Mini London pub crawl

As 2014 draws to a close, it’s that time of year when I have to start taking days off from work so as not to lose out on my holiday allowance for the year. Last week, I took off Thursday and Friday so we decided to pop down to the capital for a day of beer exploring.

To a Northerner, London seems crazily expensive sometimes (I read those stories in the Metro about ridiculous housing/rental prices!) but if you do your research you can find good beer for not-that-bad prices. Then again, after paying £8 for a pint in Stockholm (blog on this to come shortly), I don’t think even London prices can phase me.

As we were only there for a day, we decided to forego the tube and stay relatively close to Euston. So after a morning at The British Museum, we wandered down to near Covent Garden to begin our beer adventure.

First stop was The Craft Beer Co. which had a whopping 15 cask ales and 30 keg beers available with most styles of beer represented. I was quite spoilt for choice!


Although the bar seems small, it has a fairly large basement area with a number of tables. But a lot of these did get reserved signs placed on them, so I assume the food selection is good too. It did get quite busy but there were enough staff on to keep the bar service flowing smoothly, and all of the team were friendly, polite and helpful.


As for the beer – I started with Weird Beard’s K*ntish Town Beard followed by  Rothaus’ Hefe Weizen. With such a wide ranging selection, it was somewhere I would’ve enjoyed to spend an evening.

Second stop was the Holburn Whippet. This was quite tricky to find but we got there in the end. It’s a strange shaped venue made up of a couple of different rooms with sporadic seating areas and the toilets (and kitchen) in the basement. Because of its layout, it seemed pretty rammed but we managed to grab some seats at the bar. The cask and keg beers (about six casks, ten keg) all came out of a large brick wall and there’s a decent range of options.


I went for another wheat beer (Weisse by Mahr’s Bräu) and when a group moved, we managed to get some seats in the window and decided to order some food.


It was a halloumi burger (£7.50) for me and Currywurst (£6.50) for Ross and we were both pretty happy with the food we got for the price we paid. Mine wasn’t anything particularly special, but it arrived promptly and filled me up.


We then had a little walk over to Draft House on Goodge Street. I think ‘small’ is the best adjective to describe this bar. When we arrived, the outdoor smoking area was packed and we discovered this was because of the limited space inside, not because it had a particularly high amount of smokers!


The selection was OK, but there was nothing that really grabbed me. I went for Camden Pale Ale by Camden Town Brewery (when in London…) and we managed to grab some seats on the end of a table.


But the bar was far too small and cramped for my liking which didn’t make staying for a second very appealing, so we drank up and headed off.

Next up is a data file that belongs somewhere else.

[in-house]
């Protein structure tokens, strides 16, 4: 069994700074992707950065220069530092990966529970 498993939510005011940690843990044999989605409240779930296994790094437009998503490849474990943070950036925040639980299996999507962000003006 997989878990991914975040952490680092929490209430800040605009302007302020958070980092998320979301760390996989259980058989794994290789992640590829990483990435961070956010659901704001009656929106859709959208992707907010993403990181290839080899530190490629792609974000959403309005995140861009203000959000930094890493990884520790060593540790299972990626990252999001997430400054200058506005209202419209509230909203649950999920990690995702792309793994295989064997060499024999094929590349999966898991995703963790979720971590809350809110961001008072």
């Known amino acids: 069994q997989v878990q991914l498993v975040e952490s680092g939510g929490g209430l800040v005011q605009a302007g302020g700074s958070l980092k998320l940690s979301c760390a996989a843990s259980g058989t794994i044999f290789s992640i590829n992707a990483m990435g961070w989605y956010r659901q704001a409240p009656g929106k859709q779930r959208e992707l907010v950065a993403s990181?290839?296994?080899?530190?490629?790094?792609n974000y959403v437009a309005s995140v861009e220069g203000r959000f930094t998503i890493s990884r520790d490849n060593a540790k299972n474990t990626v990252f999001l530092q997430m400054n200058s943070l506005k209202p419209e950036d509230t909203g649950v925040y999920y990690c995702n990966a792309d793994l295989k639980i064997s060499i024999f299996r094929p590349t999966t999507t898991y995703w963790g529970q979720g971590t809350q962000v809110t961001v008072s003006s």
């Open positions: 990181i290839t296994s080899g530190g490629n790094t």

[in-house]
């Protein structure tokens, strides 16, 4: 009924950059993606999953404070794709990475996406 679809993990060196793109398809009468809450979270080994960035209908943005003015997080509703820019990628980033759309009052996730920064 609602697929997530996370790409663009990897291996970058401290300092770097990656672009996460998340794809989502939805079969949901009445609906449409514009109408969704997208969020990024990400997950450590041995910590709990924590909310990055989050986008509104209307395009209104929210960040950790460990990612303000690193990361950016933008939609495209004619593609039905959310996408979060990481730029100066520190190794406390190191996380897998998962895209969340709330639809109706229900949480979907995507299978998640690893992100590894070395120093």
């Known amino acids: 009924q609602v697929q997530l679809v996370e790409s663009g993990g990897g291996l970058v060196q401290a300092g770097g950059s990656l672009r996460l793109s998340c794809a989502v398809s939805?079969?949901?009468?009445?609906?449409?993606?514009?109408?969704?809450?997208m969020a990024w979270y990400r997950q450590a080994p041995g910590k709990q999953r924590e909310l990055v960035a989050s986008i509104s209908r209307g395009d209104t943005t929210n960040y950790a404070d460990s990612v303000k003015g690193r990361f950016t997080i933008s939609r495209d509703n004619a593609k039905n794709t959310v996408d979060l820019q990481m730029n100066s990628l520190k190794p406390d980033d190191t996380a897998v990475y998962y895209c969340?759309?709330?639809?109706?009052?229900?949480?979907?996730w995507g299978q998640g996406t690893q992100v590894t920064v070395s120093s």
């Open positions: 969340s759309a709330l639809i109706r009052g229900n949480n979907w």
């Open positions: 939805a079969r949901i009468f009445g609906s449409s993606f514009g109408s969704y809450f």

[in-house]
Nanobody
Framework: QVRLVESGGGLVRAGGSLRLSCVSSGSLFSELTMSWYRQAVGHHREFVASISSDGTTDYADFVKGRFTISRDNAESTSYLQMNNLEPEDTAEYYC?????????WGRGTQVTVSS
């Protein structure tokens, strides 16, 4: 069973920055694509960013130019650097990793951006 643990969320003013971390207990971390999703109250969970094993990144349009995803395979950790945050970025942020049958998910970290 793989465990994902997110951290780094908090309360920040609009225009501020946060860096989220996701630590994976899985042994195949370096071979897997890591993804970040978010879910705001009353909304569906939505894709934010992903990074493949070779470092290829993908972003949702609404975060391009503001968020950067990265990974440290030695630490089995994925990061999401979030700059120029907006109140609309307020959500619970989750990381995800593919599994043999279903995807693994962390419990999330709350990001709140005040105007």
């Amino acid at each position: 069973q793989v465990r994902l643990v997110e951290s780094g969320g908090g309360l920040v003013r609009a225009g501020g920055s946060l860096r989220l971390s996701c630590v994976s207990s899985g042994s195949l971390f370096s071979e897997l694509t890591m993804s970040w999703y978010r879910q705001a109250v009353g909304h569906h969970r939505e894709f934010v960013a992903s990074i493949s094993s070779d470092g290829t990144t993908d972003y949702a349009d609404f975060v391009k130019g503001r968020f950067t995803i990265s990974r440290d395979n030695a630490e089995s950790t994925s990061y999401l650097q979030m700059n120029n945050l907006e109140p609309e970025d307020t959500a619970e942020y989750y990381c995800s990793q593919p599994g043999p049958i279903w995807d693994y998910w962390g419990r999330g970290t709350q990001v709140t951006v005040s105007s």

At this point we started heading back towards Euston and went to the Bree Louise. This is a very traditional pub and a bit of a culture shock after the ‘cool’ and modern bars we’d frequented so far.


It looked quite old fashioned but it had patrons from a wide range of age groups (and a couple of dogs too). It seems to be quite popular for its pies, and the ones we saw coming out of the kitchen looked delicious.

I had three halves in here (including Pils by Stod Fold which was absolutely rank) which were all really good value especially because CAMRA discount was on offer. It’s available on the pies too which was tempting. If you’re on a budget, the Bree Louise is a good option.

Our final stop of the night was Euston Tap. This place really wowed me. It’s inside a Victorian gatehouse and it’s amazing how much space there is crammed into a venue which looks tiny from the outside. Small is definitely mighty in here – it has 19 keg lines and eight casks plus well stocked bottle fridges.


Choosing was quite daunting (especially as we had limited time with a train to catch) and Ross eventually went for a recommendation from a fellow customer while it was Aecht Schlenkerla Rauchbier – Märzen for me.


The only downside was because of the limited space, the toilet facilities aren’t great. But it does have a spiral staircase to get to them which almost makes up for it.


I’m particularly glad I enjoyed Euston Tap as the folks behind it are coming to Manchester soon. And it appears they’ve confirmed their station – their Twitter location has been updated to say Manchester Piccadilly. So Manchester Tap, coming soon!

Even with only staying in a tiny part of London, we managed to scope out a few decent pubs and I was pleasantly surprised at the relatively small amount of money I spent during the day. Maybe London isn’t as pricey as you expect when you know where to look!

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